Human prion diseases present substantial scientific and public health challenges. They are unique in being sporadic, infectious and inherited, and their pathogen is distinct from all other pathogens in lacking nucleic acids. Despite progress in understanding the molecular structure of prions, their initial cerebral pathophysiology and the loci of cerebral injury are poorly understood. As part of a large prospective study, we analysed early diffusion MRI scans of 14 patients with the E200K genetic form of CreutzfeldtJakob Disease, 20 healthy carriers of this mutation that causes the disease and 20 controls without the mutation from the same families. Cerebral diffusion was quantified by the Apparent Diffusion Coefficient, and analysed by voxel-wise statistical parametric mapping technique. Compared to the mutation-negative controls, diffusion was significantly reduced in a thalamic-striatal network, comprising the putamen and mediodorsal, ventrolateral and pulvinar thalamic nuclei, in both the patients and the healthy mutation carriers. With disease onset, these diffusion reductions intensified, but did not spread to other areas. The caudate nucleus was reduced only after symptomatic onset. These findings indicate that cerebral diffusion reductions can be detected early in the course of CreutzfeldtJakob Disease, and years before symptomatic onset in mutation carriers, in a distinct subcortical network. We suggest that this network is centrally involved in the pathogenesis of CreutzfeldtJakob Disease, and its anatomical connections are sufficient to account for the common symptoms of this disease. Further, we suggest that the abnormalities in healthy mutation-carrying subjects may reflect the accumulation of abnormal prion protein and/or associated vacuolation at this time, temporally close to disease onset.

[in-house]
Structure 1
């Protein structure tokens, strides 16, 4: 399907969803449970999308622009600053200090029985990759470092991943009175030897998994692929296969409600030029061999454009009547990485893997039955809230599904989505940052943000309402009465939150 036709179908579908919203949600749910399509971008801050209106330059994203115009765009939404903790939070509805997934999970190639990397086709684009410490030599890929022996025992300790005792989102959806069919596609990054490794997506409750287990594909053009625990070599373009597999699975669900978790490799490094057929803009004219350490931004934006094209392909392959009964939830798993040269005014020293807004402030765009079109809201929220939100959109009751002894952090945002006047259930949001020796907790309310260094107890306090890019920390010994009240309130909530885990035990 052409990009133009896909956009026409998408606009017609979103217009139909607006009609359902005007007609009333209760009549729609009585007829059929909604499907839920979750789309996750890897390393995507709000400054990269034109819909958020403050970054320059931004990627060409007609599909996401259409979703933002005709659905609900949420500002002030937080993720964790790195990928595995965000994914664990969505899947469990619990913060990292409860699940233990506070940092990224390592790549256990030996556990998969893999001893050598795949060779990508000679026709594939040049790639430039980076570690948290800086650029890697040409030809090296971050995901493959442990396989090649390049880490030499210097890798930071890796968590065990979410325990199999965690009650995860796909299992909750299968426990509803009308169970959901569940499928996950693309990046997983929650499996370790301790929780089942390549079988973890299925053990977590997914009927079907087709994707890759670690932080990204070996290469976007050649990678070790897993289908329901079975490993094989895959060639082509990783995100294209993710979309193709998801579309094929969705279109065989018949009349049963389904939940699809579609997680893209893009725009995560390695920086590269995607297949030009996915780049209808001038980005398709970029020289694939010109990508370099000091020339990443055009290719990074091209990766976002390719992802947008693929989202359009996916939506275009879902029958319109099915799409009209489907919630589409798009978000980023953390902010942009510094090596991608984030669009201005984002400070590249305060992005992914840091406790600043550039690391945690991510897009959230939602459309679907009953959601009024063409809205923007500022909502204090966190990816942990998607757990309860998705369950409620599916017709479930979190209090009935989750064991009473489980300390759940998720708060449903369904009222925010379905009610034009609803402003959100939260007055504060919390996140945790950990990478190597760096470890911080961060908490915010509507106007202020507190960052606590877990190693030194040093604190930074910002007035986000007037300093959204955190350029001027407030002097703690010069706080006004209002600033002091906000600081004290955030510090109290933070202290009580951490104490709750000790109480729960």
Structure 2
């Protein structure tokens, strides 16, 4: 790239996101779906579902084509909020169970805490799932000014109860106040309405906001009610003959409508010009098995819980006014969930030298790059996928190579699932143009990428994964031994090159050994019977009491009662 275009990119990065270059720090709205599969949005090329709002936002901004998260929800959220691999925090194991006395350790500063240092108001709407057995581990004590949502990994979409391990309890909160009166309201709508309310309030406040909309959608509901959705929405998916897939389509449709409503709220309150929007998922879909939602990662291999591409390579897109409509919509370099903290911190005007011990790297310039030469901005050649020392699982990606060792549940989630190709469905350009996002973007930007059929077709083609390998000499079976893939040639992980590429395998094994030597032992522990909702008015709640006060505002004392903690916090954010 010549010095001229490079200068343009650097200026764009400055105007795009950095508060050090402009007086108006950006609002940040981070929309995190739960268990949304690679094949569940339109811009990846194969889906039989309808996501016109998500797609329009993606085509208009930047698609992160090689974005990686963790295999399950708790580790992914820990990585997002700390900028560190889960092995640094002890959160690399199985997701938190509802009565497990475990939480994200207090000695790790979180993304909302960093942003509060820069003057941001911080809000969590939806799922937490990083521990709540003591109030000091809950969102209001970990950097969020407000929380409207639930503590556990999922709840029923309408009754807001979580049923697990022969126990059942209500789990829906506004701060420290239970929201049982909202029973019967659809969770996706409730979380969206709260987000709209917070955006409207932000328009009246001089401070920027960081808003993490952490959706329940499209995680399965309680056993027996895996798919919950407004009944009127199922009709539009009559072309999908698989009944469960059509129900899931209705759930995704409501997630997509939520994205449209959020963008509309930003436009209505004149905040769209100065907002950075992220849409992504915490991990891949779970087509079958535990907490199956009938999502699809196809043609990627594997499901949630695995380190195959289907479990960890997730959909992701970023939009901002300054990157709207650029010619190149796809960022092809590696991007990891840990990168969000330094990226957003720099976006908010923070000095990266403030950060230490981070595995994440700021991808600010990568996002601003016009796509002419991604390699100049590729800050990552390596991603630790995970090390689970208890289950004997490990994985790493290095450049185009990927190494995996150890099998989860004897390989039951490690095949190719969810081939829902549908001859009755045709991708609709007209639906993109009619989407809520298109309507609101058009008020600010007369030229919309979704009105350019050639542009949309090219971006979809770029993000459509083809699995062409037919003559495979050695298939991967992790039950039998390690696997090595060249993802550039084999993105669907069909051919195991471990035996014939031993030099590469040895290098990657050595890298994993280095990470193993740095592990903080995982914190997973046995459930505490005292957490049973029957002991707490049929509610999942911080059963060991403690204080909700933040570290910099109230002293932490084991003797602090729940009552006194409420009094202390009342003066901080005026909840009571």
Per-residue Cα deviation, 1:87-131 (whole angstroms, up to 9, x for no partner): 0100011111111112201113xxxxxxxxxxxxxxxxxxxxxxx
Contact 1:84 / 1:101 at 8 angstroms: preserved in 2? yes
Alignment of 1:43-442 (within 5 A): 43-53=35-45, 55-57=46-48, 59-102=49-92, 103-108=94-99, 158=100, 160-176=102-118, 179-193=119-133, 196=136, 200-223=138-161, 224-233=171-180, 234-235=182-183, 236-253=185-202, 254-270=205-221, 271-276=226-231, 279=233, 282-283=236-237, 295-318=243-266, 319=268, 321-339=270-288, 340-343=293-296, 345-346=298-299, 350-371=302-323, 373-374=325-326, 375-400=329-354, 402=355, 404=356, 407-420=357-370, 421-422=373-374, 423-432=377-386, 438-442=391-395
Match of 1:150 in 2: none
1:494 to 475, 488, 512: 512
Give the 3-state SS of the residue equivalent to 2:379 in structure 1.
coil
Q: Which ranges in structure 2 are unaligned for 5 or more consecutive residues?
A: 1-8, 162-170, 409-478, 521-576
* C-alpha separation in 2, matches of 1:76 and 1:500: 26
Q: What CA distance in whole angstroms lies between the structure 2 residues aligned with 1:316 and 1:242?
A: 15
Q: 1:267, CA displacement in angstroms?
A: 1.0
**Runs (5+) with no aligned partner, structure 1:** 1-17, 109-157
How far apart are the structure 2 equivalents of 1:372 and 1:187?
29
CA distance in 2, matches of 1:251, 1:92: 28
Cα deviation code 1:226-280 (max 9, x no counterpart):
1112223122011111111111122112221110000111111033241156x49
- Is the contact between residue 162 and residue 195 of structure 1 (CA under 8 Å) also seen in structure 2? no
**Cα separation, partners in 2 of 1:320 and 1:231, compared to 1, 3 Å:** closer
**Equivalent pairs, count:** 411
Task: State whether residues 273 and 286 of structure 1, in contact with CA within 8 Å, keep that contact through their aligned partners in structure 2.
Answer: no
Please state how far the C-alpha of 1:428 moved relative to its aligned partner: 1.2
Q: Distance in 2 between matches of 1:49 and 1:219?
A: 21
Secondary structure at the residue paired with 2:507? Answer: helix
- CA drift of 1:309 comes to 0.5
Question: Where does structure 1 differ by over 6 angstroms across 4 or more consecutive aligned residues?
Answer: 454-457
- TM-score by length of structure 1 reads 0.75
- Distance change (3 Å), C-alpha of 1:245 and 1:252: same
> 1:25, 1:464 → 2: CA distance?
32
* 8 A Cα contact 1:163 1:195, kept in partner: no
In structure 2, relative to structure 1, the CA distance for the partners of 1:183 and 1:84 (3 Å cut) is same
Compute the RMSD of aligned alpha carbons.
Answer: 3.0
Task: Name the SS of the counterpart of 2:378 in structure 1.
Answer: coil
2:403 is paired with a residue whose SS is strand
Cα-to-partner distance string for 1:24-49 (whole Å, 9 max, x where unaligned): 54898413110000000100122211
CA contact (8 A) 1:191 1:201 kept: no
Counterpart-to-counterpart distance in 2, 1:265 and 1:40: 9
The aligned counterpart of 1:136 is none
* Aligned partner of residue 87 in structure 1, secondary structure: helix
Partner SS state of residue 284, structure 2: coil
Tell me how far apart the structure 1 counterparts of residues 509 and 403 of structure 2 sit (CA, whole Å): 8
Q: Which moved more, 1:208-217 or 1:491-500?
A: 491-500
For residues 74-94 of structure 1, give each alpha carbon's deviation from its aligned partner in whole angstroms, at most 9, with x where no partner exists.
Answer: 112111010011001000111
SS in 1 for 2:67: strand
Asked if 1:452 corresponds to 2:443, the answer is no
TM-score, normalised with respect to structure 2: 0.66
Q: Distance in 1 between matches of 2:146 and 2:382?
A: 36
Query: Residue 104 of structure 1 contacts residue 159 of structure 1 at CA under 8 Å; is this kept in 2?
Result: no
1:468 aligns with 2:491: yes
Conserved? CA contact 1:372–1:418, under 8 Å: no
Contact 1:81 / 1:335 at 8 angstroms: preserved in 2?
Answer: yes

- CreutzfeldtJakob disease